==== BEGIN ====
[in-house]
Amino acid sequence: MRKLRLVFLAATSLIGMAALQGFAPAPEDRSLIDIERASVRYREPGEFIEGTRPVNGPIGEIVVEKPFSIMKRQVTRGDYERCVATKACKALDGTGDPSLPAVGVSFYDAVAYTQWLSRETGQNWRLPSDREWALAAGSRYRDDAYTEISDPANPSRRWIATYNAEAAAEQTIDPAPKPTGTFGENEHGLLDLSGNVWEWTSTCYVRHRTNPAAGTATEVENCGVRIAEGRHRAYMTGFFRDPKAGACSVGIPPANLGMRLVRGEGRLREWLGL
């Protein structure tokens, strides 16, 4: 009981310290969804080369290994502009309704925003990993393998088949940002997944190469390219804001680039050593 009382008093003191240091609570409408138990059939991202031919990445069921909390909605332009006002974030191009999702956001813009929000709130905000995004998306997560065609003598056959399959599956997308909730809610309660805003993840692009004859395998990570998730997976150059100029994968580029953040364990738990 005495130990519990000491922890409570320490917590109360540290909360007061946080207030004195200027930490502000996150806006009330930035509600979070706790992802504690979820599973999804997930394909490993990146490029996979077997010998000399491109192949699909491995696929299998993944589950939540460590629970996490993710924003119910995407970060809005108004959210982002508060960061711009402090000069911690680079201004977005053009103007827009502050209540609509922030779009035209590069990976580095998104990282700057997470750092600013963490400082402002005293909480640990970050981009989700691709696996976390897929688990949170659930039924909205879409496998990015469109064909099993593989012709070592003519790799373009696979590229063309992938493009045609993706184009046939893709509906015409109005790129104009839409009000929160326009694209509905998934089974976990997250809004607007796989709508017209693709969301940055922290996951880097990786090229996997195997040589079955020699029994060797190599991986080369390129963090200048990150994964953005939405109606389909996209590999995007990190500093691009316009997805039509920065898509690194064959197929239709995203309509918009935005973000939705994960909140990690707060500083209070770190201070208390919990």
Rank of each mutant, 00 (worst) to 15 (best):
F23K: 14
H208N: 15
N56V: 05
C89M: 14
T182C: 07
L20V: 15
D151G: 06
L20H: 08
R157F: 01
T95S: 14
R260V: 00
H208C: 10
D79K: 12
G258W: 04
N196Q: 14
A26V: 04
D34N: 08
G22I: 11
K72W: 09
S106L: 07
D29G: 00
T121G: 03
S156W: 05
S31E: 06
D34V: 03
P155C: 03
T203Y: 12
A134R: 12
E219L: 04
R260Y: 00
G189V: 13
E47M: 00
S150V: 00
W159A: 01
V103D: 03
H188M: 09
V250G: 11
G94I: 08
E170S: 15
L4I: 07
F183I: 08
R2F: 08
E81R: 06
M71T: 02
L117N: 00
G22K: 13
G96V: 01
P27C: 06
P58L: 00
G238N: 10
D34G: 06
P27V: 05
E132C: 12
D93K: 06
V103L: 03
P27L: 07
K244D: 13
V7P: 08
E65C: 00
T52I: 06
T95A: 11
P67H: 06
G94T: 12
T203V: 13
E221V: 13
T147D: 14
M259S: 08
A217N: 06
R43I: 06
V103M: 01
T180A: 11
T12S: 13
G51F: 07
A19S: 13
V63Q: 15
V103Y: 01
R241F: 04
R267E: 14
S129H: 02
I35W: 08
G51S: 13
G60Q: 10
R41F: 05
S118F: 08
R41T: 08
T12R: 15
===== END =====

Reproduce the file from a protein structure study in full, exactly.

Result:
[in-house]
Amino acid sequence: MRKLRLVFLAATSLIGMAALQGFAPAPEDRSLIDIERASVRYREPGEFIEGTRPVNGPIGEIVVEKPFSIMKRQVTRGDYERCVATKACKALDGTGDPSLPAVGVSFYDAVAYTQWLSRETGQNWRLPSDREWALAAGSRYRDDAYTEISDPANPSRRWIATYNAEAAAEQTIDPAPKPTGTFGENEHGLLDLSGNVWEWTSTCYVRHRTNPAAGTATEVENCGVRIAEGRHRAYMTGFFRDPKAGACSVGIPPANLGMRLVRGEGRLREWLGL
């Protein structure tokens, strides 16, 4: 009981310290969804080369290994502009309704925003990993393998088949940002997944190469390219804001680039050593 009382008093003191240091609570409408138990059939991202031919990445069921909390909605332009006002974030191009999702956001813009929000709130905000995004998306997560065609003598056959399959599956997308909730809610309660805003993840692009004859395998990570998730997976150059100029994968580029953040364990738990 005495130990519990000491922890409570320490917590109360540290909360007061946080207030004195200027930490502000996150806006009330930035509600979070706790992802504690979820599973999804997930394909490993990146490029996979077997010998000399491109192949699909491995696929299998993944589950939540460590629970996490993710924003119910995407970060809005108004959210982002508060960061711009402090000069911690680079201004977005053009103007827009502050209540609509922030779009035209590069990976580095998104990282700057997470750092600013963490400082402002005293909480640990970050981009989700691709696996976390897929688990949170659930039924909205879409496998990015469109064909099993593989012709070592003519790799373009696979590229063309992938493009045609993706184009046939893709509906015409109005790129104009839409009000929160326009694209509905998934089974976990997250809004607007796989709508017209693709969301940055922290996951880097990786090229996997195997040589079955020699029994060797190599991986080369390129963090200048990150994964953005939405109606389909996209590999995007990190500093691009316009997805039509920065898509690194064959197929239709995203309509918009935005973000939705994960909140990690707060500083209070770190201070208390919990």
Rank of each mutant, 00 (worst) to 15 (best):
F23K: 14
H208N: 15
N56V: 05
C89M: 14
T182C: 07
L20V: 15
D151G: 06
L20H: 08
R157F: 01
T95S: 14
R260V: 00
H208C: 10
D79K: 12
G258W: 04
N196Q: 14
A26V: 04
D34N: 08
G22I: 11
K72W: 09
S106L: 07
D29G: 00
T121G: 03
S156W: 05
S31E: 06
D34V: 03
P155C: 03
T203Y: 12
A134R: 12
E219L: 04
R260Y: 00
G189V: 13
E47M: 00
S150V: 00
W159A: 01
V103D: 03
H188M: 09
V250G: 11
G94I: 08
E170S: 15
L4I: 07
F183I: 08
R2F: 08
E81R: 06
M71T: 02
L117N: 00
G22K: 13
G96V: 01
P27C: 06
P58L: 00
G238N: 10
D34G: 06
P27V: 05
E132C: 12
D93K: 06
V103L: 03
P27L: 07
K244D: 13
V7P: 08
E65C: 00
T52I: 06
T95A: 11
P67H: 06
G94T: 12
T203V: 13
E221V: 13
T147D: 14
M259S: 08
A217N: 06
R43I: 06
V103M: 01
T180A: 11
T12S: 13
G51F: 07
A19S: 13
V63Q: 15
V103Y: 01
R241F: 04
R267E: 14
S129H: 02
I35W: 08
G51S: 13
G60Q: 10
R41F: 05
S118F: 08
R41T: 08
T12R: 15